Affluent and successful people from cities are increasingly reaching out to their ancestral villages to initiate developmental activities
Adwaita Gadanayak is an internationally acclaimed sculptor. He is also director of the School of Fine Arts in Kalinga Institute of Industrial Technology (KIIT), Bhubaneswar. What makes him different from other equally successful people is that he spends some part of his income to empower the women of his village, Neulapoi in Dhenkanal district of Odisha. Since 2012 he trained 70 women who now earn significant amount every month.
Anil Gupta, CA
Usha Saini is a middle class housewife, who lives in Delhi. She started a similar sewing training centre at her parental village, Patni, in Saharanpur district of Uttar Pradesh in July 2013. She has so far trained 110 women and 85 of them earn from Rs 250 to 500 per day. “Normal stitching charge of one lady suite is Rs 250. If one stitches one suite a day one earns Rs 250, and in case if one stitches more than one suite, the amount multiplies. The more efforts you put the more you earn,” she says.
What is common between internationally known sculptor Gadanayak and middle class housewife Usha Saini is that both have reconnected to their roots by initiating a developmental activity in their respective villages. The efforts of Smt Saini need more emphasis because despite belonging to a middle class family she took up a development activity and that too in her parental village. She also motivated one of her relatives, Nirdesh Saini, who holds a senior position in HP Company in Bengaluru, to start a similar project at his parental village, Badshahpur, under same Saharanpur district in November 2015.
There are dozens of professionals and businessmen who changed their mindset and reconnected to their respective villages. Sanjay Gupta is a Delhi based businessman. His family reconnected to their parental village, Saluni, under Mahendragarh district of Haryana after 100 years. “Our forefathers migrated to Delhi in 1914 for business. Since then nobody from the family turned back even to look after the ancestral property. But, I started a stitching training centre there in 2013 and trained 30 women, who are now able to earn money with respect,” he says. The family of Smt Saroj Gupta, a yoga instructor in Delhi, also reconnected to their ancestral village (husband’s village) after almost 100 years. She started a similar stitching training centre at Bilochpura village in Jhajjar district of Haryana in 2013. She has trained about 200 women.
Shri Anil Gupta is a Chartered Accountant having his own firm in Delhi. He runs a computer training and sewing training centre in his Grandmother’s (Nani) village at Sujanpur Tihra in Himachal Pradesh. The stitching centre was started in 2011, while the computer training centre was started in 2012. Since then 350 girls have received training of stitching and 400 youth including old men received basic knowledge of computer. He also motivated his three other relatives to start similar projects. He is instrumental in starting two projects at Sulah and Nagrota village in Himachal Pradesh and one in Ayodhya, Uttar Pradesh. Two of the projects in Nagrota and Ayodhya are promoted by his cousin Shri Sanjay Bhatnagar who lives in California, USA. There are many other successful people like Shri Somanth Agrawal, a businessman of Punjab, who started a project at his village Uggi under Jalandhar district and Shri Radheshyam Agrawal who started a stitching centre at his village Dantil under Jaipur district in Rajasthan.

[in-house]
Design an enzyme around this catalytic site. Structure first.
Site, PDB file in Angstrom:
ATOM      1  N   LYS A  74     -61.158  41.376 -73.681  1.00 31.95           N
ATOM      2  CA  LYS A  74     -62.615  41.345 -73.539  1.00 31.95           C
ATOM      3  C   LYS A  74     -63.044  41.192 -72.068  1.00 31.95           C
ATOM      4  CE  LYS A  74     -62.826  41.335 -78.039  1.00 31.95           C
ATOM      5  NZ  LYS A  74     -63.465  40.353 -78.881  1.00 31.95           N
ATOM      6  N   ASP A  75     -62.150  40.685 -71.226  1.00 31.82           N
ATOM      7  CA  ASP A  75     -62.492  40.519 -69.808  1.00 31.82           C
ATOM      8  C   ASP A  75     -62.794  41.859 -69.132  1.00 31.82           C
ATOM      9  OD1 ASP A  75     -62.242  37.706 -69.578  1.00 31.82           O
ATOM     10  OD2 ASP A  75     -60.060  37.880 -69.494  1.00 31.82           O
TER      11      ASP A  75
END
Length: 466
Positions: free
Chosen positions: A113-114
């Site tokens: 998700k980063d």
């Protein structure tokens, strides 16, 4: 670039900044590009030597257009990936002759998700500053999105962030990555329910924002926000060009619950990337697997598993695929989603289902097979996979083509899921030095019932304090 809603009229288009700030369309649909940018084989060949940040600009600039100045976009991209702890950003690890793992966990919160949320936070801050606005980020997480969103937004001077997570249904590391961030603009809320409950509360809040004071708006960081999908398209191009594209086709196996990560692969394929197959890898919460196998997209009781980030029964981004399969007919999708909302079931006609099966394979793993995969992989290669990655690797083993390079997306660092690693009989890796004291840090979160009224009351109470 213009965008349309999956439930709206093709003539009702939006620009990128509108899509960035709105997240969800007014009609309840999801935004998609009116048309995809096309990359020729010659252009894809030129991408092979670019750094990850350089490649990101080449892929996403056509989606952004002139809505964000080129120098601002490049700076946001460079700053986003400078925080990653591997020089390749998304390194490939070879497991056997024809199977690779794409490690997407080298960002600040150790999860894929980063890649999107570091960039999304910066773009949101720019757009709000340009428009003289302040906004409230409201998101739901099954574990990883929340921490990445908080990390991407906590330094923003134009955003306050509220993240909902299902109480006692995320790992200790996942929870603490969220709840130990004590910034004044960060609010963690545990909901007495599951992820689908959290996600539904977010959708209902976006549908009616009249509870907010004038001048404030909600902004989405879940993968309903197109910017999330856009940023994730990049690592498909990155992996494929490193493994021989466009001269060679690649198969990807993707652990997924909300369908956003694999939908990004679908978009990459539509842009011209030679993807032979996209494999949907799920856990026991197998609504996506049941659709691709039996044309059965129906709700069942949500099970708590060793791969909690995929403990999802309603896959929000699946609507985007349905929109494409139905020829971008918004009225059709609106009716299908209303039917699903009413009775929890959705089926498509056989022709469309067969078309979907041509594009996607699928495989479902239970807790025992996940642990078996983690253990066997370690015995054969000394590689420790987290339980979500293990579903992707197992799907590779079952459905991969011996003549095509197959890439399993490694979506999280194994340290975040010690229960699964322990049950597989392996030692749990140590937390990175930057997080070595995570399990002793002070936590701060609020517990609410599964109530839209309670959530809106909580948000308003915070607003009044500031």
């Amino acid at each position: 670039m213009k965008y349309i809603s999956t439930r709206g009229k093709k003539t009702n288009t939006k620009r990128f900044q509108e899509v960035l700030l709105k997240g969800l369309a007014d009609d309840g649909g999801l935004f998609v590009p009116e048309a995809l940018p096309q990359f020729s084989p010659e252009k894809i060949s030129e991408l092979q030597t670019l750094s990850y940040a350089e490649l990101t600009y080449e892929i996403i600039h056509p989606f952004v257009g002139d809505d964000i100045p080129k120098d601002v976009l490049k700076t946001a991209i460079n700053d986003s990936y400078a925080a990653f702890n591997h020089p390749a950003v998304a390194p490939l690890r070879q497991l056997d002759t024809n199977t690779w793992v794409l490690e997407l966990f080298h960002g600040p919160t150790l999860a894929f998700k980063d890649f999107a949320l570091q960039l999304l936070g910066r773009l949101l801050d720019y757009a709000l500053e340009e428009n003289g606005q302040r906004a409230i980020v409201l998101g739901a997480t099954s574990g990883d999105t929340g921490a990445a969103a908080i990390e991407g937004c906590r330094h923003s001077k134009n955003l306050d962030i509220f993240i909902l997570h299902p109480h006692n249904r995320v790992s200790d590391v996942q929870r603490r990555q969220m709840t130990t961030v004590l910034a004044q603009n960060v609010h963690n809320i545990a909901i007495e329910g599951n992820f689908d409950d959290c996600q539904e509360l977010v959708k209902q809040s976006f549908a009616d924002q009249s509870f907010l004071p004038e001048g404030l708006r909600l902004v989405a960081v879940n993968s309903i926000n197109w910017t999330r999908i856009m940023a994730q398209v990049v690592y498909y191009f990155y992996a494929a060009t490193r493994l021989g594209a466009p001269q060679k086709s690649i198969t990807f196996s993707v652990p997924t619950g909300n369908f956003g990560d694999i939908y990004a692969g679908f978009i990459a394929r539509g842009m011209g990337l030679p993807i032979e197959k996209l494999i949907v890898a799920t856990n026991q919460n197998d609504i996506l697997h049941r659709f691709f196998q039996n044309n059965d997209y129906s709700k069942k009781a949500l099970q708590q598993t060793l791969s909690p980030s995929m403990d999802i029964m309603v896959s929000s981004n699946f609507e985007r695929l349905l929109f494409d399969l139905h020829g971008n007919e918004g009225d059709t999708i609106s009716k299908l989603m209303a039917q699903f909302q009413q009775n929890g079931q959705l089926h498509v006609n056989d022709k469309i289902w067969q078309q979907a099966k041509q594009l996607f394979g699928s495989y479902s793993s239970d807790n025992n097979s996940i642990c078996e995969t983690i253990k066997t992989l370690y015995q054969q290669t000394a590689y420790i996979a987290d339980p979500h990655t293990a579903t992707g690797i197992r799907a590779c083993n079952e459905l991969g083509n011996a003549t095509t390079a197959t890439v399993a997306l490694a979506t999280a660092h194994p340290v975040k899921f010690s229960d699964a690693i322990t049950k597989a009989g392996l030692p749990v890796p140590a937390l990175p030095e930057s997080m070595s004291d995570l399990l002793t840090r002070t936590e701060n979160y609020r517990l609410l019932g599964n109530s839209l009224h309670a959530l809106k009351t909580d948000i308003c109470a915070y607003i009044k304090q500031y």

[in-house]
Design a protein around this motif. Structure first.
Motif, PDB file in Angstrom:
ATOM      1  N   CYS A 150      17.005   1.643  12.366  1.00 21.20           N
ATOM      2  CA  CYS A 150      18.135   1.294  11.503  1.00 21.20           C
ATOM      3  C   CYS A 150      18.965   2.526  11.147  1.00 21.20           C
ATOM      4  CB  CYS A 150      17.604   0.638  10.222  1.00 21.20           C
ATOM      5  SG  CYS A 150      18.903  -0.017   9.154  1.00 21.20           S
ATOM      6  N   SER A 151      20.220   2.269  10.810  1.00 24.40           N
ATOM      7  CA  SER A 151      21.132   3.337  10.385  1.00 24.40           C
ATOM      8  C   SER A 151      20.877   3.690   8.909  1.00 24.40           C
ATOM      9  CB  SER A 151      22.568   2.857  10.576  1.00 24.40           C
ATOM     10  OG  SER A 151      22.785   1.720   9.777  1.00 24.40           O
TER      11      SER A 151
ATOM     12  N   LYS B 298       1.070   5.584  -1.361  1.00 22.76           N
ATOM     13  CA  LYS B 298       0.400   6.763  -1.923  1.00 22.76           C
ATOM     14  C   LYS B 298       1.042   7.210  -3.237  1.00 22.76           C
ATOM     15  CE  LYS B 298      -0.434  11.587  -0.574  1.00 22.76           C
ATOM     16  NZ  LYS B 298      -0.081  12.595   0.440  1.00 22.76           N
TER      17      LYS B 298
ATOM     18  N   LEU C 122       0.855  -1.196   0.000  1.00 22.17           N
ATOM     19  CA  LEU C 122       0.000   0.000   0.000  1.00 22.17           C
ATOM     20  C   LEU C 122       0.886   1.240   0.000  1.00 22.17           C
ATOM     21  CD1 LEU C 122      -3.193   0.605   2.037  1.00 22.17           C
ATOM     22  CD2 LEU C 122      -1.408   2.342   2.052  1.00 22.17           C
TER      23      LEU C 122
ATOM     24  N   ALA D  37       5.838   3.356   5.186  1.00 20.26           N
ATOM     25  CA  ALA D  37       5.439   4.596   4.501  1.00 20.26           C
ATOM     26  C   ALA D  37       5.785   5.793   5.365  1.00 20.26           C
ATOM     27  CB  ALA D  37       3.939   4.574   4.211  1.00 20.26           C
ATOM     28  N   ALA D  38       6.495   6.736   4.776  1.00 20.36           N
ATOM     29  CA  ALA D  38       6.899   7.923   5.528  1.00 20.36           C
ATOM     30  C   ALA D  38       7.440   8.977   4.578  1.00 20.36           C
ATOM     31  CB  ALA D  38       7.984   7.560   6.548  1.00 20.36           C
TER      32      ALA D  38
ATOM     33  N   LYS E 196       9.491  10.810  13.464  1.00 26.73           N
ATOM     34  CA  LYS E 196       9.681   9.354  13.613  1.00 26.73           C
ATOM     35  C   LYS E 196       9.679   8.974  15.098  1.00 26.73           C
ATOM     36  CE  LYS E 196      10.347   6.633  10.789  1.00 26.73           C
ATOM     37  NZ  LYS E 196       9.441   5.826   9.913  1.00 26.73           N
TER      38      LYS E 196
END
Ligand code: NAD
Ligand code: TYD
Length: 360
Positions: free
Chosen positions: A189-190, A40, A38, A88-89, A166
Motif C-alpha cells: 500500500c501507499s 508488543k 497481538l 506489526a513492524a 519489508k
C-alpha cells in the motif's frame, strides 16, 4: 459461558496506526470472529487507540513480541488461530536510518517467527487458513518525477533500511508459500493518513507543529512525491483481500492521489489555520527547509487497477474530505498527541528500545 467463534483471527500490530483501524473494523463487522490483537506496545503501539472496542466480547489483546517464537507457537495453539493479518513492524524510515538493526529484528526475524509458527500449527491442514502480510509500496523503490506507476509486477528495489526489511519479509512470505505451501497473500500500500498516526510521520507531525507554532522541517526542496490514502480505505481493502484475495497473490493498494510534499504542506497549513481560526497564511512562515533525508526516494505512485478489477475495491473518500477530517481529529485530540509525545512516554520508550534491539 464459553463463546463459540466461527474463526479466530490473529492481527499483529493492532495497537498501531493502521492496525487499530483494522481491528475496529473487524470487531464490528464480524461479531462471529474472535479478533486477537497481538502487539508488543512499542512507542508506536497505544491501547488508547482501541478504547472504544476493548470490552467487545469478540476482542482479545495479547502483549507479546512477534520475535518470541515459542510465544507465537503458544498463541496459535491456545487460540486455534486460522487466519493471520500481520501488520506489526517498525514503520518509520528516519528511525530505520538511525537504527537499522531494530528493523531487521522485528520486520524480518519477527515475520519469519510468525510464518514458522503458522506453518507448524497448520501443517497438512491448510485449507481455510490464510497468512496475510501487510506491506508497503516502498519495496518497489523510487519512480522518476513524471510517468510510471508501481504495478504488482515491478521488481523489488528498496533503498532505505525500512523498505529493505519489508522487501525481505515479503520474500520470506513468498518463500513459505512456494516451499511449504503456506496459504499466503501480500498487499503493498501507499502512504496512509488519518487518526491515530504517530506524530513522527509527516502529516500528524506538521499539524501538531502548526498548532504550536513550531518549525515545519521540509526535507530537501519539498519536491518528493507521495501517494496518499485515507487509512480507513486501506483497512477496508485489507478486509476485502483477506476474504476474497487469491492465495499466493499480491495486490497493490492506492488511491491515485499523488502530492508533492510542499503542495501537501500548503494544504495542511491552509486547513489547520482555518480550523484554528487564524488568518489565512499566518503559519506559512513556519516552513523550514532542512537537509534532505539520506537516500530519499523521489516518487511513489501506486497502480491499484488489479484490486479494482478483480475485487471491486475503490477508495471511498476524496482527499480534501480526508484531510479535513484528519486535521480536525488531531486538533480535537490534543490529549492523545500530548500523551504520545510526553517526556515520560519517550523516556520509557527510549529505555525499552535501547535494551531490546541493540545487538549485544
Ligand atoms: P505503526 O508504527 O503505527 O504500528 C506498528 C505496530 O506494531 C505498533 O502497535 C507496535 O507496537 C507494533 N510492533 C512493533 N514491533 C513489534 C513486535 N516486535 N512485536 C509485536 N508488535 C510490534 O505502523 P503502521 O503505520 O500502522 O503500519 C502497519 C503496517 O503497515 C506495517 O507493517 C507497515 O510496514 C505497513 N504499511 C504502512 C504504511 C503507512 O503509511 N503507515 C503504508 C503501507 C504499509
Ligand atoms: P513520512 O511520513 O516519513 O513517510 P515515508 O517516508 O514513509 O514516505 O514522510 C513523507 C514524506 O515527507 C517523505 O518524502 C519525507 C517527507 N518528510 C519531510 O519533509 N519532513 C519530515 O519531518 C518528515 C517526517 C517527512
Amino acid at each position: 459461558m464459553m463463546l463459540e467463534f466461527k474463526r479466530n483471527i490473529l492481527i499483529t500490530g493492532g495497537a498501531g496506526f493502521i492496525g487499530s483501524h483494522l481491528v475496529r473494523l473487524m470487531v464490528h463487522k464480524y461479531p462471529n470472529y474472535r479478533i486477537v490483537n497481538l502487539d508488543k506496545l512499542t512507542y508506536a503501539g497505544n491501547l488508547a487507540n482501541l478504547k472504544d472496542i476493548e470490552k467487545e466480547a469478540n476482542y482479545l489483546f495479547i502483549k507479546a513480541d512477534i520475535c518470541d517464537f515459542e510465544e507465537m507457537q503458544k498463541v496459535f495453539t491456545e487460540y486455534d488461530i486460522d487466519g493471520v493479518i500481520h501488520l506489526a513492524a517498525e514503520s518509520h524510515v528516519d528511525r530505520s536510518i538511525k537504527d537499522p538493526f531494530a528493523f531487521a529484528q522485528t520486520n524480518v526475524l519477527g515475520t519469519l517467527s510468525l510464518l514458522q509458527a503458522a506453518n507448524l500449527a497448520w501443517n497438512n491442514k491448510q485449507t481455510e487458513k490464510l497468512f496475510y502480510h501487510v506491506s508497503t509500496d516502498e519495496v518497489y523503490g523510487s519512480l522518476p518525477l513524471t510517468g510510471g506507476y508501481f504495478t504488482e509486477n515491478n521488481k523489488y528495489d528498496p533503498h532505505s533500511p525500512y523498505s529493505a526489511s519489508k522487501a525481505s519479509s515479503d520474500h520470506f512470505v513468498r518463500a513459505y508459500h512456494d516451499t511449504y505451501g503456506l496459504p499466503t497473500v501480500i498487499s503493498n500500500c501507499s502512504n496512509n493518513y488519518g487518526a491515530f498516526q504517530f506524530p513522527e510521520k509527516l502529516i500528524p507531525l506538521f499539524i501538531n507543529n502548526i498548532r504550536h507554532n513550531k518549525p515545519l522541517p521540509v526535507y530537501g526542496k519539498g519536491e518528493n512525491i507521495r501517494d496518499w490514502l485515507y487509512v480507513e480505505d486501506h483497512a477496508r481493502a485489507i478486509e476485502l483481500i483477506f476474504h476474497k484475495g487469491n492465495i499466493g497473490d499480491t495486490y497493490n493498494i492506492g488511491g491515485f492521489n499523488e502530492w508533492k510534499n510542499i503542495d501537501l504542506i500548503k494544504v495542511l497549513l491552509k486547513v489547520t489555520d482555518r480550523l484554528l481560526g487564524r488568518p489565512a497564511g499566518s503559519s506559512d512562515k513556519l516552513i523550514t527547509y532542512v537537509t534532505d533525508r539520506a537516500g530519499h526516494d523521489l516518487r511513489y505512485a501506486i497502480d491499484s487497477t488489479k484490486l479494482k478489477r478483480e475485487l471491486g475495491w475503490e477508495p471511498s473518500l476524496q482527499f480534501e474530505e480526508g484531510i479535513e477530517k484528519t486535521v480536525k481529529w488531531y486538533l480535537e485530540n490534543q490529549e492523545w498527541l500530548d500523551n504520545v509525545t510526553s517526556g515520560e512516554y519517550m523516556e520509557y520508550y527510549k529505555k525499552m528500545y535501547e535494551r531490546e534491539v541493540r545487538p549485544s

The man behind this noteworthy shift in mindset is Shri Shravan Goel of Delhi, who is himself a businessman. He first materialised this idea in his own village, Jalmana, under Karnal district of Haryana in 1998 by starting a school and then a stitching training centre in 1999. He named this experiment as ‘Mera Gaon, Mera Teerth’ (my village, my pilgrimage centre). Elaborating the whole idea he says, “Over 80 per cent of the people living in urban areas belong to any of the village. Most of them maintain live contact with their respective villages, while some visit occasionally like on festivals or family functions. They do complain for poor facilities there, but never think of taking any initiative to change that situation. There is another hard fact. The large chunk of urban families regularly goes on picnics or pilgrimages at least once or twice a year. Naturally, they spend good amount on such tours. They offer some money to the presiding deities too. What if they also go to their respective villages once or twice a year treating them as another pilgrimage centre or picnic spot, and willingly join hands in any developmental activity there.”
Giving an institutional shape to this idea Shri Goel formed Ganga Sewa Sanstha in 1995. He first motivated the people in his contact or relation to take up similar projects. Now 23 such projects are run in seven states—Haryana, Delhi, Punjab, Himachal Pradesh, Rajasthan, Odisha and Uttar Pradesh. Apart from stitching training centres, computer training centres, Bal Sanskar Kendras and libraries are also run. Thousands of students, mostly women have benefited from these projects.
The idea of reconnecting people to their roots was appreciated by RSS Sarkaryavah Shri Bhaiyaji Joshi on April 11 when he addressed the fifth national conference of the Sanstha in Delhi. He stressed the need to start such projects in other villages also. “Today when successful people hesitate to disclose the name of their respective villages, motivating them to take up any developmental activity in their villages is praiseworthy,” he said adding that the idea may prove to be trendsetter in village development. Development of villages is not possible only depending upon the government. It needs collective efforts. If the people born in villages and doing good job or business in cities take up any initiative the picture will positively change.